Samantha, born in England 57 years ago and the proud possessor of an English peaches-and-cream complexion, is well up on both Medicare billing and English pub fare. Does your aged mother prefer a light breakfast? Not anymore, as Samantha will introduce her to the “fry-up,” a series of hearty meats that the English adore for their first meal of the day. Does your dear mother like a foaming glass of cold beer with dinner? She’ll soon prefer a nearly noncarbonated pint of rather warm bitter, which is Samantha’s favorite as well. Mom, in her unenlightened phase, may fear the bitter was drained from her goldfish aquarium, but will find that it tastes much better and is eventually habit-forming once she adjusts to that corrosive aftertaste.

A Word about Falling

What many elderly and their families fear most, not without reason, is a fall, after which the victim may lie helplessly in pain until discovered. Statistics show that fully half of American citizens over the age of 75 will suffer a painful fall in their lives. But if you’re concerned that something like that could happen to your elderly parent, you may be reassured to know that the wonderful BBC television series Downton Abbey, set in Edwardian England, is now shown throughout the United States on local stations. Actress Dame Maggie Smith takes a role in the show, and isn’t that a great title for a lady — Dame? It’s English, you know.

A Word about Solicitors and Scams

Here at Visiting Anglophiles we are ever on the alert to protect your elder from uninvited solicitors and phone scammers. These unscrupulous dealers may want to sell your mother or father a security system or an emergency call button that is quite unneeded. At Visiting Anglophiles, we believe in having an Anglophile on the scene before any emergency occurs, in particular an Anglophile who is licensed to offer your parent the complete box set of Downton Abbey DVDs — that’s eight full seasons — in case her local TV provider doesn’t subscribe to the broadcast. These beautifully packaged discs are ready to be shipped to America for the low price of $59.95 per season, shipping extra. Yes, we accept dollars!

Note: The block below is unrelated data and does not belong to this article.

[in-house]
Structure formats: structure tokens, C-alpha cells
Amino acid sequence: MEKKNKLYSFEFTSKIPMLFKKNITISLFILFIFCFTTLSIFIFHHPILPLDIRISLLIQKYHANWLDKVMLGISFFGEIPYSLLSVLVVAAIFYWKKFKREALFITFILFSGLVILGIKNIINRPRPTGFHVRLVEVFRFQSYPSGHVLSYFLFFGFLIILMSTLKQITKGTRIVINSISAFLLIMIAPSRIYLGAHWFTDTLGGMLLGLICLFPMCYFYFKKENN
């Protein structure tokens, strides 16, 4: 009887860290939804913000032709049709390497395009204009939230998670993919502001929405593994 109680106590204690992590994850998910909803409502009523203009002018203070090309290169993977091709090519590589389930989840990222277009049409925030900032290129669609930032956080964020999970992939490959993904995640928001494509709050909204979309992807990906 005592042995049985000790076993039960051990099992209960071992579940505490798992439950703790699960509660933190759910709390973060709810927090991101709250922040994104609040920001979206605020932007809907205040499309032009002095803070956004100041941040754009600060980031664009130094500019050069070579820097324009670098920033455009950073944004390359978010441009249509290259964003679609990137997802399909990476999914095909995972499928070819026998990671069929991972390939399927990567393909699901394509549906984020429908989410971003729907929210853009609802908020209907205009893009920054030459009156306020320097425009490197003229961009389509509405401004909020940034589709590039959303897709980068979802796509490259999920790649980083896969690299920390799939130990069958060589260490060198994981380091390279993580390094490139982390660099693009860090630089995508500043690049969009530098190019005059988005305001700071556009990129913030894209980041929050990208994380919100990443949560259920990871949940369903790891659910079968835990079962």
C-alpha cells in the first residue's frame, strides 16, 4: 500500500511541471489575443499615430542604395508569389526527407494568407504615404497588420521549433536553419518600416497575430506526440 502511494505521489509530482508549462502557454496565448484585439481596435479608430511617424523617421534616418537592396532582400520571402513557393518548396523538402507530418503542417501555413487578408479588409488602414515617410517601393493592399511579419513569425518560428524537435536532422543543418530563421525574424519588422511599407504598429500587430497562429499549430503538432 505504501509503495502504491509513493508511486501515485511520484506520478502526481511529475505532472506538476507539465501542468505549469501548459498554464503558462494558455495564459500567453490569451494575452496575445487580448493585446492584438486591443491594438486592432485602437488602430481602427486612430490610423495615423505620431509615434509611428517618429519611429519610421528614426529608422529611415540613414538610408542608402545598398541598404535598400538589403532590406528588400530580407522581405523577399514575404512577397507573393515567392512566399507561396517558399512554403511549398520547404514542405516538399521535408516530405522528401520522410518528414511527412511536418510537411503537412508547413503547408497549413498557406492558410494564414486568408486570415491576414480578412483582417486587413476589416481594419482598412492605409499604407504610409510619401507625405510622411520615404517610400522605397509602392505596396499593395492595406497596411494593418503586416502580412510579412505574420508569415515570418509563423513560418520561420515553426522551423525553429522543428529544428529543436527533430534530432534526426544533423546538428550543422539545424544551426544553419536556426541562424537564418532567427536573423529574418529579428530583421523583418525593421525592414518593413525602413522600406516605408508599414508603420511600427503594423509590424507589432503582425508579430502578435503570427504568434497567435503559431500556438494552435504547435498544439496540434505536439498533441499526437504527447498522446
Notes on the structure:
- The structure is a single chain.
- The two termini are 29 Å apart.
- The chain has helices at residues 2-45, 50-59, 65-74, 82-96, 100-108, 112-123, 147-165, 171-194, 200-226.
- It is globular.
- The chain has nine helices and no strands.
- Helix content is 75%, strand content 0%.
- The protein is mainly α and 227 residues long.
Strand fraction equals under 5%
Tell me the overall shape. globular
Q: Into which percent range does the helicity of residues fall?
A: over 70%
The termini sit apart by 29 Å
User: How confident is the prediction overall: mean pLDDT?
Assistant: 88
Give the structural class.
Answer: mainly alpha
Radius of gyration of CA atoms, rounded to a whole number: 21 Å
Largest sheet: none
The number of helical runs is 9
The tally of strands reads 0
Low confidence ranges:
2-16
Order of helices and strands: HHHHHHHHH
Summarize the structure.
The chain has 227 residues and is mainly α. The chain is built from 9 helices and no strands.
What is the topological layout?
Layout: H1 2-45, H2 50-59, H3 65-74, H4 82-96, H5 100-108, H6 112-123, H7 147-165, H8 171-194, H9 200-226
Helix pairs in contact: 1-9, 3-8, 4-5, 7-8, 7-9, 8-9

A Word about Sex after 75

Visiting Anglophiles is pleased to sponsor a nine-day bus tour of England, beginning in England’s capital. From an open-top bus, your mum or dad will view all the famous sites in London, and then it’s off for golfing on the coast, a castle sleepover, a pub crawl, and those big stones at Stonehenge. Here at Visiting Anglophiles we can arrange for even the most enfeebled American tourist and her breathing apparatus to enjoy this exciting trip. The climax of the journey? Undoubtedly the night at Stratford-upon-Avon, where a naughty few will choose to see our special live production of Anne Hathaway’s Cottage: After Hours, for very adults only.

A Reminder about Dementia

Nothing is more tragic than your parent forgetting the names of those nearest and dearest to him or her, or that Henry the Fifth was also called Hal, or misplacing her passport and credit card when packing for our nine-day bus tour. A Visiting Anglophile will be present every step of the way to be sure that these oversights don’t throw a spanner into Mom or Dad’s well-deserved vacation.

A Final Word about Sex after 75